The elimination of the French major and of the German major and minor at BJU is why my friend will be leaving at the end of next school year. Working overseas is actually something he's been considering for about four years — this recent turn of events has just given him the exact timing to begin exploring. In the fall of 2012, with one fewer French course per semester, I will be teaching a German course each semester in its place. I have taught both high school and college German for 16 years of my life, but it's been a while. So, in a sense, I guess, I'm reinventing myself. I'll have to alter the header of my blog to read "one French and German teacher's humorous and serious perspectives on life…" and add some images from Germany.
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Are words important?


picture of word hug

We live in a world of words. Words have such power, both to build up or to tear down. Anyone who has been one of my readers for any length of time knows that I am a word person. I love words! Many events in recent days have reminded me of words. First of all was our recent visit with our daughter Megan, son-in-law Jim, and grandson Drew in Michigan. (A few more details at the end of this post....) Since we last saw our grandson three months ago, his vocabulary has absolutely exploded! We can hardly believe all the words he uses now.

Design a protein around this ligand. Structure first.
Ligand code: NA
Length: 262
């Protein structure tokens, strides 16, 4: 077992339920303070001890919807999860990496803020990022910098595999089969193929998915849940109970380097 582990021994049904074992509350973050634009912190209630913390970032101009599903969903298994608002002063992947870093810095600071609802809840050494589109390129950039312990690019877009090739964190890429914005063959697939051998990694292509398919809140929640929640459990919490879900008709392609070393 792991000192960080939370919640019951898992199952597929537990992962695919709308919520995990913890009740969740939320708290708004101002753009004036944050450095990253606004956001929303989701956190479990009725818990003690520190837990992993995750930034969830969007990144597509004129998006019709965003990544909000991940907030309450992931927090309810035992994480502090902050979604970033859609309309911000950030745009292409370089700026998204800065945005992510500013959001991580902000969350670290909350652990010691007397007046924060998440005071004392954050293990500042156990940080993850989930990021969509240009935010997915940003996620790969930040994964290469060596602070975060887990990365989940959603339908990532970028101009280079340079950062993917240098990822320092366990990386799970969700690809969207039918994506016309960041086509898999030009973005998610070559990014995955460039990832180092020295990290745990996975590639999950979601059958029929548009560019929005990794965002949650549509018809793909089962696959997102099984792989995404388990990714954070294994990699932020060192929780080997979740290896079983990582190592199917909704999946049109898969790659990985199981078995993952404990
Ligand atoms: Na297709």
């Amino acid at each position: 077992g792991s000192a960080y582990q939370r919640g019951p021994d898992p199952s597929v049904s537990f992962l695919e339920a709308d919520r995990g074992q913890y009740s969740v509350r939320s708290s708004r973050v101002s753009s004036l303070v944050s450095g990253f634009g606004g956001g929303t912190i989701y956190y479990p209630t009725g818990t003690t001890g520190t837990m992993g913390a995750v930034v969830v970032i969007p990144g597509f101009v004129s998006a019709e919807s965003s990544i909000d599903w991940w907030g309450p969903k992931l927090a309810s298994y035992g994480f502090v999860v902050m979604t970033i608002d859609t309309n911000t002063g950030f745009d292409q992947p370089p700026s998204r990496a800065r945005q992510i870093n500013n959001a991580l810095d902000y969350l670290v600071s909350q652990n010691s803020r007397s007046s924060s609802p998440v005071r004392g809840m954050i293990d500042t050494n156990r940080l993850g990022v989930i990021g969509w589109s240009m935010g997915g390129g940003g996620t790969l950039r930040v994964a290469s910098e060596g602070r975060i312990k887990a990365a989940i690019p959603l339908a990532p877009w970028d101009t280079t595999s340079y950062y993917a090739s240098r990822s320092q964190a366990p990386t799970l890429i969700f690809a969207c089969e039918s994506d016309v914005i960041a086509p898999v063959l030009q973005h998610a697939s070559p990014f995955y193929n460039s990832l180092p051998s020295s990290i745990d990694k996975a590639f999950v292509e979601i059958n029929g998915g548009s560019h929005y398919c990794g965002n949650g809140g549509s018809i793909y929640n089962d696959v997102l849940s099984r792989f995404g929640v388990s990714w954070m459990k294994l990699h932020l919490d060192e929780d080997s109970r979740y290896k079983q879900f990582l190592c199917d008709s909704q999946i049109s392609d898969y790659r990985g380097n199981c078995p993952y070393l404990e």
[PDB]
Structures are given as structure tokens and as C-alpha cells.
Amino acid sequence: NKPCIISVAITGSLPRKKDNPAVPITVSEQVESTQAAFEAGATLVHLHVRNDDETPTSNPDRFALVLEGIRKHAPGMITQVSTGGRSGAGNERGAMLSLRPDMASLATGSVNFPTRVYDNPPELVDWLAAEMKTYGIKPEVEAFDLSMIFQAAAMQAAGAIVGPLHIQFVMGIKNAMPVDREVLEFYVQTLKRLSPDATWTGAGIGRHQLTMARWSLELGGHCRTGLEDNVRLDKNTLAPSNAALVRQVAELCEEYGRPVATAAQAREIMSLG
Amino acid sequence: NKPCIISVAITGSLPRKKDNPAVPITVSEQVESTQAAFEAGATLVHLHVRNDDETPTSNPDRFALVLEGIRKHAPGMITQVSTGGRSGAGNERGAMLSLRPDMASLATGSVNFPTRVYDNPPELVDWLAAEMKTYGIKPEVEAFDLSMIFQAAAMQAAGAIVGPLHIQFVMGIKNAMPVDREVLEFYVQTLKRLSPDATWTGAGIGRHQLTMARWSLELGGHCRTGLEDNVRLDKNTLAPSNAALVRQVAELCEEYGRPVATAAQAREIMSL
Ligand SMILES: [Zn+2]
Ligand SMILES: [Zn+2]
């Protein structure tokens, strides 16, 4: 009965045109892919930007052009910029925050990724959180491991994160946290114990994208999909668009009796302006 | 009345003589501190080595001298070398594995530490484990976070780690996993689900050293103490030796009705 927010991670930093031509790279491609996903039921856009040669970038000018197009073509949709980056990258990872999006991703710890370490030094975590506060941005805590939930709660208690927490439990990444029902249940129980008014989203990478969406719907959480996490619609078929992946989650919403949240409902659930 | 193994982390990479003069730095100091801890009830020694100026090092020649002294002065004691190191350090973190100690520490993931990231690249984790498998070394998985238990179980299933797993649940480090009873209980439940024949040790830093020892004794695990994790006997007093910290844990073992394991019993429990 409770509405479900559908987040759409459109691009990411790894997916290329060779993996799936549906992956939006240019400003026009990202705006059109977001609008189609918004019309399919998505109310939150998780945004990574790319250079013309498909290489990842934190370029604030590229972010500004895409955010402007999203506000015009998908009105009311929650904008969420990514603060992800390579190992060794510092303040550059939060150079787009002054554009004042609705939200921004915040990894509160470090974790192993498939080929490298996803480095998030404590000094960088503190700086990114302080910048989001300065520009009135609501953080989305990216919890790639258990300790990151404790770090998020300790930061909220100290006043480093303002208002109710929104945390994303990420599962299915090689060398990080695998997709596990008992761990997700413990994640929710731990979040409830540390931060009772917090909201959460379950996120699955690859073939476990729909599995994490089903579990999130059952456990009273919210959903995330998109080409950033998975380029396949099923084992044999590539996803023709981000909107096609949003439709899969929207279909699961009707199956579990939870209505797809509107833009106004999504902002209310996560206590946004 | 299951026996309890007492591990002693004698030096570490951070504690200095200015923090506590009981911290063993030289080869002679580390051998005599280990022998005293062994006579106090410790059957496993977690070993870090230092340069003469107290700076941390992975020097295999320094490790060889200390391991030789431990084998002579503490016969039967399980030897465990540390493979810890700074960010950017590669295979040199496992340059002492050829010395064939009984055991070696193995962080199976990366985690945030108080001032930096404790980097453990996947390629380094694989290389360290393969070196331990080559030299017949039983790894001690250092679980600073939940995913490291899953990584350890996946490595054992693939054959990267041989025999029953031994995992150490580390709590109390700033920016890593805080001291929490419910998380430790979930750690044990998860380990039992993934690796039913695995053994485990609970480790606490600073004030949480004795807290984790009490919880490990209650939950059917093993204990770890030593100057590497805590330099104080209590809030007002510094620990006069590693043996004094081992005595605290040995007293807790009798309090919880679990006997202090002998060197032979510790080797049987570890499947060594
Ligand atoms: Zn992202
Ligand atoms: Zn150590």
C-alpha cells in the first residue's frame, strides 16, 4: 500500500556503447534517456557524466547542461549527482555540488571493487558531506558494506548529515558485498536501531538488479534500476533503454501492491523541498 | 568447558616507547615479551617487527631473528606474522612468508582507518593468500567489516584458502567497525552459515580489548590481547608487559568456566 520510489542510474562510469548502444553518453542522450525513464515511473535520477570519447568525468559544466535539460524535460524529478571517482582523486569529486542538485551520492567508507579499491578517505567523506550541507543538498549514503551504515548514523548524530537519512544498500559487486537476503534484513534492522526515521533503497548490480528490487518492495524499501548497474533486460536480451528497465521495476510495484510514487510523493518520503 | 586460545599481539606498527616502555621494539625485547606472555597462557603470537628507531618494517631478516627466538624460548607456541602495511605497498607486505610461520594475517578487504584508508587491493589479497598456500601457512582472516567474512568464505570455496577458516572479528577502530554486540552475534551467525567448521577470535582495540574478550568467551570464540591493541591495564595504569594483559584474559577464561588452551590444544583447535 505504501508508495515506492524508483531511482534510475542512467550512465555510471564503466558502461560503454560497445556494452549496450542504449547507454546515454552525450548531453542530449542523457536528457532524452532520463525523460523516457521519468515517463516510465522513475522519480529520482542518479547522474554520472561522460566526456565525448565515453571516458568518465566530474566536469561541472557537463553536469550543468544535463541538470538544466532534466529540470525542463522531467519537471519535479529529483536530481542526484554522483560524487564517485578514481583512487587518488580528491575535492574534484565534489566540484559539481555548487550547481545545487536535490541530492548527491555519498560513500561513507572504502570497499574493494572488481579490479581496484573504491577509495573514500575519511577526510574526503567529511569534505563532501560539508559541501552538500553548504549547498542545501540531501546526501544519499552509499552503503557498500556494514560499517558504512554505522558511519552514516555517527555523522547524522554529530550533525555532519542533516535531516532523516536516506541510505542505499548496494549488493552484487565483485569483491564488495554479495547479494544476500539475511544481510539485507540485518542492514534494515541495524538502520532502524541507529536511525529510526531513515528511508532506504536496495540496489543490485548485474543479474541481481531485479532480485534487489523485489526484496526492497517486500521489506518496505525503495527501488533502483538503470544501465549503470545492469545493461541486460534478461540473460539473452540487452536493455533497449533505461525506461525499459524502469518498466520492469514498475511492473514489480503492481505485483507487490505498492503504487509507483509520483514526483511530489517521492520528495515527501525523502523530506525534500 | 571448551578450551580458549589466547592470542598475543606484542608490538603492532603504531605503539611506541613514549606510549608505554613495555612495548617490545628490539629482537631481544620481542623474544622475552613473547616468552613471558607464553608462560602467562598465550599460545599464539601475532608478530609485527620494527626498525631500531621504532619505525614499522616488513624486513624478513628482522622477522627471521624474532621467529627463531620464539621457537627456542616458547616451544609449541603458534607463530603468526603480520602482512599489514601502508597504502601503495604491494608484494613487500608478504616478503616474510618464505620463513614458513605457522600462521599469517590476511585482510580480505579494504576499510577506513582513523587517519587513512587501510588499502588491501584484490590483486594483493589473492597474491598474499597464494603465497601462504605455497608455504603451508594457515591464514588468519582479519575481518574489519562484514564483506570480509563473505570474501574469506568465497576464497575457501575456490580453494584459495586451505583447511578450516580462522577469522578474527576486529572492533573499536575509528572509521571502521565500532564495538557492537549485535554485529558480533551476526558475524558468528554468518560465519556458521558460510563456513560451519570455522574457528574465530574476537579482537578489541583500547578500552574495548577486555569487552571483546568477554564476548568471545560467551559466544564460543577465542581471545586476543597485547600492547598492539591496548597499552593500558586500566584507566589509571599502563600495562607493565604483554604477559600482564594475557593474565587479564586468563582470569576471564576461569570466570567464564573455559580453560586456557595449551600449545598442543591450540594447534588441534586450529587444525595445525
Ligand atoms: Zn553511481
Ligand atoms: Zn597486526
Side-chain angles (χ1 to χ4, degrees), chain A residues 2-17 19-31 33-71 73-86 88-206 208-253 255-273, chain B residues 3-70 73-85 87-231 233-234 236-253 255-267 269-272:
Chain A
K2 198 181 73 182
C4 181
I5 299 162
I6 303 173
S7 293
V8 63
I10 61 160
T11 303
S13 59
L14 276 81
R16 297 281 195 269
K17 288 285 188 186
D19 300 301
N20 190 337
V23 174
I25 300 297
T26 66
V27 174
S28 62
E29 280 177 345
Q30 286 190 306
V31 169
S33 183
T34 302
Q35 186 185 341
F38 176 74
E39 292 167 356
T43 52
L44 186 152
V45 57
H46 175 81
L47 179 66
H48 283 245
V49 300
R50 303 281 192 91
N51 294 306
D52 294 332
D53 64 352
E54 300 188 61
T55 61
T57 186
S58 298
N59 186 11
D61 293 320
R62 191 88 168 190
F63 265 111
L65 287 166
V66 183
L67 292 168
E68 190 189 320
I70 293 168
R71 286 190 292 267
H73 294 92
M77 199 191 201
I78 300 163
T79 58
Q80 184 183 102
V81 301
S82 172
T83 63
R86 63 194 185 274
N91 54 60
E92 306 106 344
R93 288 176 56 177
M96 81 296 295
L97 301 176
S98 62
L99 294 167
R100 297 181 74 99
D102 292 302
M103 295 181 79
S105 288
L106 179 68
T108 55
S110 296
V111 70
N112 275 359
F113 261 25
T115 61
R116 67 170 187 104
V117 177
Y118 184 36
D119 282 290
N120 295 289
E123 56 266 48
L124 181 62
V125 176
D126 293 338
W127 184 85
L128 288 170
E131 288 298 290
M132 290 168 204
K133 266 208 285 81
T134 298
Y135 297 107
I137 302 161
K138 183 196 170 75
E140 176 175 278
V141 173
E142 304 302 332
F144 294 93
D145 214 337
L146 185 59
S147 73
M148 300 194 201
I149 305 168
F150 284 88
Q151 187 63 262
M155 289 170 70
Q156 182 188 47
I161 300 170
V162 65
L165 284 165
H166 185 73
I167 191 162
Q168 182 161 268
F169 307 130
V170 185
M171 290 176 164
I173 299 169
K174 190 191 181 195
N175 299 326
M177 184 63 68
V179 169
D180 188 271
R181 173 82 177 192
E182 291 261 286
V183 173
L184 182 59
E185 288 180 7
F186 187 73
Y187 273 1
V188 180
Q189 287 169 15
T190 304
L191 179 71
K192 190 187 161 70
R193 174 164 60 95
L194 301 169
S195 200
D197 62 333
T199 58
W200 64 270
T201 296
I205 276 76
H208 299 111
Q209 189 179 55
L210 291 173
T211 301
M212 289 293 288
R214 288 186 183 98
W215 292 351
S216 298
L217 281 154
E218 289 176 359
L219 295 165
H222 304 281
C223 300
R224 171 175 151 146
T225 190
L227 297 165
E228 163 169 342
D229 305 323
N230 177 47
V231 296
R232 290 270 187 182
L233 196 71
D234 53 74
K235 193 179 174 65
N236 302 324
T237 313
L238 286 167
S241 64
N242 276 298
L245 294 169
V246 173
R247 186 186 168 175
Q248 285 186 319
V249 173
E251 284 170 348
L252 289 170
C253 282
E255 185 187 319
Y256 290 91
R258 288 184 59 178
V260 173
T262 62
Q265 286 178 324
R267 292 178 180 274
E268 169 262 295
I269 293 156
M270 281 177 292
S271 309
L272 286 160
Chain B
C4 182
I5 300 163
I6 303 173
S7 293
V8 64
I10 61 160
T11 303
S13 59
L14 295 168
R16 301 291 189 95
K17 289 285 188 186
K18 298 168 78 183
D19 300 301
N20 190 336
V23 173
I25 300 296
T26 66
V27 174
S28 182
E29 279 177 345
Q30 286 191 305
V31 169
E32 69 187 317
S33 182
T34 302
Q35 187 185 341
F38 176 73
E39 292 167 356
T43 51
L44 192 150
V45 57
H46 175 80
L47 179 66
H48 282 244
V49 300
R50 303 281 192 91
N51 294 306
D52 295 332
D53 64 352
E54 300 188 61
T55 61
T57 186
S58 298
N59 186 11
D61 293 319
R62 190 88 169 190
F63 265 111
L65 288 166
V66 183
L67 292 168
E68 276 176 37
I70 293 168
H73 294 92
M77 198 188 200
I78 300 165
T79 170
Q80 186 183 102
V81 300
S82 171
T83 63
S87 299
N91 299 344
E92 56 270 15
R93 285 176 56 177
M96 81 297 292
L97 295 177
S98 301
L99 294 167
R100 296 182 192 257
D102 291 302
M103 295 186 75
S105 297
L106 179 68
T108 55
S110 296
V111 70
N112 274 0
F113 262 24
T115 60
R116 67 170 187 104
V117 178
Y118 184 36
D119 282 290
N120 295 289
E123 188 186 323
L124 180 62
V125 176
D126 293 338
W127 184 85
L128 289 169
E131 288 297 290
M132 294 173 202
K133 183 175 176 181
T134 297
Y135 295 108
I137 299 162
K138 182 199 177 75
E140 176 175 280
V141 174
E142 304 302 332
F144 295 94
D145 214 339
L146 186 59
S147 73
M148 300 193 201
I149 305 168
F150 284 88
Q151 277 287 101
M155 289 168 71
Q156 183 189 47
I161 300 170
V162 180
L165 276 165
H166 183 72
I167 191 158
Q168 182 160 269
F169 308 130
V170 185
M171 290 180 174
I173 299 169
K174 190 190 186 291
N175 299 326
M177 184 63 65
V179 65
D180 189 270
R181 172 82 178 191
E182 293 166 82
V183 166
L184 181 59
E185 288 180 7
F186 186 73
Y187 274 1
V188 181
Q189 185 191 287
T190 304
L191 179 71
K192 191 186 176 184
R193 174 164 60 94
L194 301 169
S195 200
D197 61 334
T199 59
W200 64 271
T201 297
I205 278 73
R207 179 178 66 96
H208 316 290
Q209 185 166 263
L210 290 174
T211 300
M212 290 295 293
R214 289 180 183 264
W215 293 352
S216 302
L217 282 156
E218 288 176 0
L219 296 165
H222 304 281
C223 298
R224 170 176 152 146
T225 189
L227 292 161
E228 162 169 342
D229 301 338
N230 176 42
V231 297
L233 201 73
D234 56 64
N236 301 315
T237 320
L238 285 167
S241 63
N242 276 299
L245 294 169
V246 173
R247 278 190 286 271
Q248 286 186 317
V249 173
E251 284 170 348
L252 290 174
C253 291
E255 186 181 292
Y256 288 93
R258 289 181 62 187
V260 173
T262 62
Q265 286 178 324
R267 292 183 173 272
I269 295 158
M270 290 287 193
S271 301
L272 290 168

This past Sunday we visited a church out of state where the message of the morning was from Psalm 19:14 "Let the words of my mouth and the meditation of my heart be acceptable in your sight, O Lord, my rock and my redeemer." It was an excellent message on the power of words to encourage, to speak for the Lord and to the Lord, and even to share humor with others! (Imagine my delight!) 😀 One theme in the message was that "out of the abundance of the heart, the mouth speaks." (Matthew 12:34) Those words that come out of our mouths are merely an indication of what is in our hearts. That principle is repeated often in the Bible.

Words have also been a topic in the political scene this week in one way or another. The other day TOTUS (Teleprompter of the United States) — the machine that feeds words to POTUS (President of the United States) when he speaks in almost any public setting — broke, leaving him literally at a loss for words! A Google search for TOTUS just brought up over two million results, and much has been said about the many inaccurate things Mr. Obama has said (even personal facts about himself and his family), simply because he was reading the words on his teleprompter. I will not go into all of that in this post, other than to mention the preceding in connection to words.